5 most important steps for flipping homes in and around Boston

IMG_6048  Good morning folks,

Sorry that you haven’t seen a blog post or much from me since the beginning of July when we posted the newest Diary of a Newbie Real Estate Investor.  It has been a rough month for me.  Those of you who know me well, know that my wonderful mother Ursula Sasso lived with me for the past several years.  She was my room mate, companion, my best friend, my biggest cheerleader, helped me tremendously as I’m a single mother and so much more.  Everyone loved my mother and called her Oma.  She was wildly creative, had a special “touch” with children and with her German ingenuity, she would fix just about anything that was broken from vacuum cleaners to toilets.  Oma’s health had been failing over the last 6 months and on July 13th, my beautiful mother left this world.  I’m grateful that she is in a place where she is no longer in pain, however, I miss her daily.  Her greatest gift to me was to teach me compassion and forgiveness and to live and even die on your own terms.  She believed that we are all the masters of our own destiny and that we should do everything we can to live life to the fullest.  If you want something, you have to take action and go get it!  Thank you all for your patience over the last month.  I look forward to getting back in the proverbial saddle. Yours in Success!  Desire, Commit, Succeed!  Bernadette Trafton, Boston AREIA Chief Connector!

Now…on to flipping homes in Boston…

Flipping homes in and around Boston? Everyone thinks they can do it and get rich quickly, but is it really all that easy? The short answer is yes, but then why do so many investors fail? The true answer lies in laying the groundwork. The actual process of selling a home once the rehab work has been completed is easy. The difficult part is in the preparation as if you fail, your business venture will most certainly not succeed. If you put in the hard work and follow these 5 steps your business will have the best opportunity to grow.

  1. Assess Goals

This is more of a brainstorming session. What is your aim? What is your budget? What is your risk appetite? Are you looking short term or long term? What type of homes are you looking into: multi-family homes, condos, commercial or single family? Are you looking to fix and flip? Are you looking to wholesale the property? What is your investment strategy? What are your revenue goals per deal and for years 1, 2, and 3? This step can take place in two hours with a notepad, pen, and a few good critiques.

  1. Research

This is the most important step! The internet has become the most effective and most powerful tool when it comes to researching. However, it’s easy to get lost in the data deluge. Obviously ideal neighborhoods would be ones with high performing schools, in close proximity to major transportation systems, and in areas with low crime rates. However, the market already knows this and adjusts accordingly. Keep an eye on the market update through Boston AREIA to get a good idea about foreclosures, pre-foreclosures and what has been sold in any particular area. So as an investor you need to forecast which areas will have those statistics in the next year or the next 5 years if you are looking more long term. For instance, maybe you have some inside information that there is going to be a new school being built, or maybe Boston will be cracking down on crime in a certain area, or per chance a new city park is being built. These are all factors which could drive the demand and increase the overall livability in certain areas. It’s your job both as an investor and a speculator to drive revenue.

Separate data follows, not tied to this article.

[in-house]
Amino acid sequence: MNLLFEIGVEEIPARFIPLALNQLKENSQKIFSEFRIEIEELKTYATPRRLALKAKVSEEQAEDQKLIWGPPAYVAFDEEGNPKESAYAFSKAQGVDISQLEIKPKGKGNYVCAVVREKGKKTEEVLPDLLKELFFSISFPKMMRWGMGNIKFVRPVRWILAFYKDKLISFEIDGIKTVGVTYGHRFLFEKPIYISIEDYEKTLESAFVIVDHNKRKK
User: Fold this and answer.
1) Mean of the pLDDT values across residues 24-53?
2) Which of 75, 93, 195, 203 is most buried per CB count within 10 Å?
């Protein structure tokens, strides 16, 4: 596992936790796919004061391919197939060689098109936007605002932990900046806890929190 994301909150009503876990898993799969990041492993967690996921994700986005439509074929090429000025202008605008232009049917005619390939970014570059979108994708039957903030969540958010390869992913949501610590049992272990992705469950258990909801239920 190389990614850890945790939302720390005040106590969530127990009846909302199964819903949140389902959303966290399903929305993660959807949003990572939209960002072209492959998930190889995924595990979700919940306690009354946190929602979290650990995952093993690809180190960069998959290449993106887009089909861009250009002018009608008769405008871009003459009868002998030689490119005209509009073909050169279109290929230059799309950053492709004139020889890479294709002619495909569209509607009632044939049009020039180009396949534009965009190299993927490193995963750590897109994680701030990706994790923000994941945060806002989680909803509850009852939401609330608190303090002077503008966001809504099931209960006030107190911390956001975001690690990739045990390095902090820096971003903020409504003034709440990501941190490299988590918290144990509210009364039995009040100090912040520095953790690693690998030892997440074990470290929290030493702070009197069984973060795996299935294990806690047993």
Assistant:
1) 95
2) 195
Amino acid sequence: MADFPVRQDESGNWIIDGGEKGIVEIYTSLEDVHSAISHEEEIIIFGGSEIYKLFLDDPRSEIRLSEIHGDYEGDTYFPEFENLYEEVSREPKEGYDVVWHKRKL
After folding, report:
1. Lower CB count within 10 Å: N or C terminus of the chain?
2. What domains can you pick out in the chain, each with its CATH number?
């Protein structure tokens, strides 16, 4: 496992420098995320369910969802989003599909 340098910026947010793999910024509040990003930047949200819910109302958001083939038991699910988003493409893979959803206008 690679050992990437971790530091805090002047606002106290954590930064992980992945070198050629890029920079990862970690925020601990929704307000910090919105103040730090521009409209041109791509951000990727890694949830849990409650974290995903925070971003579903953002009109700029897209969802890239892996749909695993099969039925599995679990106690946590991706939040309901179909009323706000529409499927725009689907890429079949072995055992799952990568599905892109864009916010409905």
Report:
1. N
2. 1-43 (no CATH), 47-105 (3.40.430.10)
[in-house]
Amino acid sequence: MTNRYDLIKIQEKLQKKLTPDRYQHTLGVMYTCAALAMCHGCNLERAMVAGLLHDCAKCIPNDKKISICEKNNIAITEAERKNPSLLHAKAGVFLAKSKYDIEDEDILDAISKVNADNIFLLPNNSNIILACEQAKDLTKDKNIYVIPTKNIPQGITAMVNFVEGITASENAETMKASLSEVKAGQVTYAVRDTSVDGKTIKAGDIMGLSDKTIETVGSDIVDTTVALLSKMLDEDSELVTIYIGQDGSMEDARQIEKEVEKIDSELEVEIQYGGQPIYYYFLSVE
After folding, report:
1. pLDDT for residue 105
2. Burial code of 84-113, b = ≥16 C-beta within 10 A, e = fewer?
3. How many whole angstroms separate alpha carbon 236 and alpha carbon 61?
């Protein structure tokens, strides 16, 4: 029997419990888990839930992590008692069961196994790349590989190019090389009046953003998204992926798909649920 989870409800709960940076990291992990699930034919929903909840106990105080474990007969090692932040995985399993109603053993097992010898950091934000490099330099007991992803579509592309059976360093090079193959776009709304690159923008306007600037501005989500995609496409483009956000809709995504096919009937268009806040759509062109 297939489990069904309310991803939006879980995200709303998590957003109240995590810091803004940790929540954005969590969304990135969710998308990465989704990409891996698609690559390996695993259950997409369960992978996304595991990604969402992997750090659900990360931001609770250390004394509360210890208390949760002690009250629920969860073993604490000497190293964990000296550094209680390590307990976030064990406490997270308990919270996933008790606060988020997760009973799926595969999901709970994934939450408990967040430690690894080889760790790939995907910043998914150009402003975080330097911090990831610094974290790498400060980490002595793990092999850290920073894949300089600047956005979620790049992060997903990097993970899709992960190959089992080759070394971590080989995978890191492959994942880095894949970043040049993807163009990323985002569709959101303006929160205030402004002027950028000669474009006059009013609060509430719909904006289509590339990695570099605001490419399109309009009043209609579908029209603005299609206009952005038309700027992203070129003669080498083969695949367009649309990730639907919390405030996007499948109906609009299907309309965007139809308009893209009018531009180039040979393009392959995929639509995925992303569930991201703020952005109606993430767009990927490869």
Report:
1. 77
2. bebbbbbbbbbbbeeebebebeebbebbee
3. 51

1. Set a Target

Set targets for each month! Especially in the beginning when aspects are more controllable. Set performance goals for each person you have working for you. What is your target for fix-flip projects, 3 months? Make sure to have strict, but flexible deadlines. When dealing with a volatile market, it’s important to be able to roll with the punches and to have many contingency plans. Maybe you need a reserve account that you may rely on if you have a few slow months.

  1. Build Relationships

Flipping homes is a process. You will most likely have to involve a few outside intermediaries, for instance title agencies, realtors, banks, general contractors, junk removal agencies, painting establishments, roofers, and maybe even moving companies. By building successful relationships with these aforementioned industry players you will streamline the business process with increased flow and also increase the revenue of these other companies. Therefore you will most likely get excellent service, maybe even at a discount. The best place to network and meet these people is to become a member of Boston AREIA and come to the meetings on a regular basis.

  1. Execution

Execution is key. Real estate is one of the most volatile as well as competitive industries. Failure to act decisively could result in failure. Account for all your expenditures wisely as the IRS will have their records in order, so should you. I keep in close contact with my favorite real estate accountant Joe Craft, CPA. Just contact me for and introduction. If real estate is your only gig, prepare for financial duress by having an operating budget that can account for consecutive months of $0.00 in revenue or create multiple streams of income that will get you through dry months.

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